• [0119]
    In some embodiments, the user is able to select on a review (such as by clicking on the review title in column 1110) to view an excerpt of the review, ranging up to the entire review. A user might wish to read an excerpt or the entire review to judge how reliable the reviewer is. In some embodiments, when the user selects a review to read, the text of the review, or an excerpt thereof, is displayed to the user. In addition, there can be elements of the review that can be highlighted, underlined, or otherwise distinguished from the remainder of the review. In the situation of FIG. 11, where each of the reviews are concerning the “body” feature of the product, the sentences of the review that contain a reference to the “body” feature can be highlighted, underlined, or otherwise distinguished. The methods used to perform such a feature are detailed below.
  • [0120]
    In addition to the list of reviews, there can also be a graphical indicia that represents the distribution of positive and negative features from the reviews. Pictured in FIG. 11 is a pie chart 1150. Pie chart 1150 can contain various segments, such as positive segment 1160, neutral segment 1162, and negative segment 1164. Each of these segments is configured to illustrate the percentage of reviews that contain a certain feature score. In FIG. 11, the vast majority of reviews that contain a feature score for “body” are positive, so positive segment 1160 is much larger than the other two segments. In some embodiments, there can be color-coding of the graphical indicia. For example, positive segment 1160 can be a first color, neutral segment 1162 can be a second color, and negative segment 1164 can be a third color. The color-coding can extend to the tags in column 1120. For example, a review that contained a positive feature score for “body” can be the same first color as positive segment 1160. In a similar manner, a review that contained a neutral feature score for “body” can be the same second color as neutral segment 1162 and a review that contained a negative feature score for “body” can be the same third color as negative segment 1164. While a pie chart is illustrated in FIG. 11, other embodiments can use other types of graphical indicia, such as bar graphs, line graphs, histograms, and the like.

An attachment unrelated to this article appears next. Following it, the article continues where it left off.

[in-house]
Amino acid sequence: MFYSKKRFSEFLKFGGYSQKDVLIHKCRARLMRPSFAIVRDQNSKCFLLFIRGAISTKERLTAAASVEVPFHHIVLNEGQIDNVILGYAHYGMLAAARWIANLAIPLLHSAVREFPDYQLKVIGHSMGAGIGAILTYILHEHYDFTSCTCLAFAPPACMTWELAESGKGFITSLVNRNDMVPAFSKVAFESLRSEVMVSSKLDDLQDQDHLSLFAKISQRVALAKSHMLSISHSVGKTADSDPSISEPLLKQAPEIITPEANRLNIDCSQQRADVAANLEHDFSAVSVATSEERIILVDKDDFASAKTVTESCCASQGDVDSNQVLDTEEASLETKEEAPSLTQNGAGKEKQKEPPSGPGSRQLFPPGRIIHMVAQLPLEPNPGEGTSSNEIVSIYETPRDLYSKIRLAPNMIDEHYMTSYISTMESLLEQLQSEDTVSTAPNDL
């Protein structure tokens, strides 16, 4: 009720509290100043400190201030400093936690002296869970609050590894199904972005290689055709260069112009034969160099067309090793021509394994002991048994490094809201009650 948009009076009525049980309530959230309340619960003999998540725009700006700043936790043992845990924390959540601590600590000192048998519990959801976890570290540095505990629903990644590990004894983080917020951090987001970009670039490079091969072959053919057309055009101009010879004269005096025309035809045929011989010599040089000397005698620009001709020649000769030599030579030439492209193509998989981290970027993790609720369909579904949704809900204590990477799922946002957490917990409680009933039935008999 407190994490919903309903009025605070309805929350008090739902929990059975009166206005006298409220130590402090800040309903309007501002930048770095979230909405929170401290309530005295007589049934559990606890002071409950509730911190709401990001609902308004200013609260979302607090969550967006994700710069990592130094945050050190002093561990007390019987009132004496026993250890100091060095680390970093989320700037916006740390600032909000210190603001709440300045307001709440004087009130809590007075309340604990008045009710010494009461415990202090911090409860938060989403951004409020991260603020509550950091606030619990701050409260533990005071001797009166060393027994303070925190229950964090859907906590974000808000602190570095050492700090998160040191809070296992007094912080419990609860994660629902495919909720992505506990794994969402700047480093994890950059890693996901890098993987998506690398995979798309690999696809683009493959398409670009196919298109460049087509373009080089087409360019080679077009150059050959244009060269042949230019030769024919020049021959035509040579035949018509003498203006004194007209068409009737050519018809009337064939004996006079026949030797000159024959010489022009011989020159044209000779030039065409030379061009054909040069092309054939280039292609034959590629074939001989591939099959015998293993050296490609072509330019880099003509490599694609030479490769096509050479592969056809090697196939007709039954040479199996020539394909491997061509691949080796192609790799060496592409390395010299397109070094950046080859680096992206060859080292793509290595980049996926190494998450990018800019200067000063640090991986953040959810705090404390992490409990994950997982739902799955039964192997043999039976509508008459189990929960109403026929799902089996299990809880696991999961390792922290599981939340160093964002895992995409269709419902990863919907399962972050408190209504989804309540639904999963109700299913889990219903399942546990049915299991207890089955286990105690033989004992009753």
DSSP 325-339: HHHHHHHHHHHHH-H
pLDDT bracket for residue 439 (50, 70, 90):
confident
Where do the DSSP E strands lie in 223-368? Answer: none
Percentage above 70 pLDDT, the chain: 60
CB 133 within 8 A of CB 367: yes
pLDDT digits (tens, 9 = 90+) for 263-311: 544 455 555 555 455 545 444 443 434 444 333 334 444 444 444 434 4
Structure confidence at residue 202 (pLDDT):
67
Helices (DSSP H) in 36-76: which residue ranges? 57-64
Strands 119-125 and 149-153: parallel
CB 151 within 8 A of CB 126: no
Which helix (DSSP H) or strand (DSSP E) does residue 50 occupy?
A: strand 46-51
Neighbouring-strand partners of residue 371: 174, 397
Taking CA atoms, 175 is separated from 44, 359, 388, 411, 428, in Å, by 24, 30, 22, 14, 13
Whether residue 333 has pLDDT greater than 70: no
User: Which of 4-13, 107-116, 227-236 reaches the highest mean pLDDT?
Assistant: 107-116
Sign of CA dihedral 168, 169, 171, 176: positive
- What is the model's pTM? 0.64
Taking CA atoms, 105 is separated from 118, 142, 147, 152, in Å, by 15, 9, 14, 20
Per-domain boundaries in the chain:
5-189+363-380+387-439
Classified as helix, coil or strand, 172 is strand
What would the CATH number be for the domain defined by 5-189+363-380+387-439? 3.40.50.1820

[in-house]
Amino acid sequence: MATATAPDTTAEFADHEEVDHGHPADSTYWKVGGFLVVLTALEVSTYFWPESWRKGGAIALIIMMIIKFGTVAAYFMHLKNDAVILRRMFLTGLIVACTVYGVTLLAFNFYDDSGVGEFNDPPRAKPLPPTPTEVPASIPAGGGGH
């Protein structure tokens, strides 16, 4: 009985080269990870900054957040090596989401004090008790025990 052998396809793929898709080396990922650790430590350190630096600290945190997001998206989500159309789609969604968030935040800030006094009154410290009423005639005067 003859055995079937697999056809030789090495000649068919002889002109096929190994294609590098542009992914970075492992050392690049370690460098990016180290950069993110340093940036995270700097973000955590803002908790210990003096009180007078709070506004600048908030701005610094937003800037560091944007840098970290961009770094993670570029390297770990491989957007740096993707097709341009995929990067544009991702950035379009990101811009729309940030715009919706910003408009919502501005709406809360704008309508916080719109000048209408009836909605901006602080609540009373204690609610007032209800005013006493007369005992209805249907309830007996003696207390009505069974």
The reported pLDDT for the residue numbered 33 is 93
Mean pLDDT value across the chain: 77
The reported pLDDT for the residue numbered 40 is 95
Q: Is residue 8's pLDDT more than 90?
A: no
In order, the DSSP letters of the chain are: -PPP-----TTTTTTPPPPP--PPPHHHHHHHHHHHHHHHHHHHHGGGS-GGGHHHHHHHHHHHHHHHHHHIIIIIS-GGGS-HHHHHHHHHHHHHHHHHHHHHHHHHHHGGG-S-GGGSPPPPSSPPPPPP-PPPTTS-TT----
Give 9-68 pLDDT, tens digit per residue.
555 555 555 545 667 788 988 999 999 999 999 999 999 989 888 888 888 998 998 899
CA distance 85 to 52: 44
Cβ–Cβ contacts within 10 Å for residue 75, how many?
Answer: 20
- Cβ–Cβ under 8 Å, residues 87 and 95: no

• [0121]
    The creation of the graphical indicia can be accomplished in a variety of different manners. In one embodiment, the number of reviews featuring a particular feature is known or can be determined through common database operations. The creation of a graphical representation can be accomplished by determining the total number of reviews with a particular feature, the number of positive reviews of that particular feature, the number of negative reviews of that particular feature, and the number of neutral reviews of that particular features.
  • [0122]
    Other graphical indicia can be created. In one embodiment, the number of reviews that discuss a particular feature can be compared to the total number of reviews of the product. In such a manner, a user can more easily determine how important a feature is to the reviews.
  • [0123]
    The above layout can be beneficial in the sense that it will have a huge impact on customer satisfaction. Given the clutter that is currently present over many customer review portals, an embodiment would provide a solution that would help in retaining old customers and attracting new customers. An embodiment can also lead to a customer spending more time on a particular site, which can lead to increased revenue generation for an eCommerce provider using an embodiment.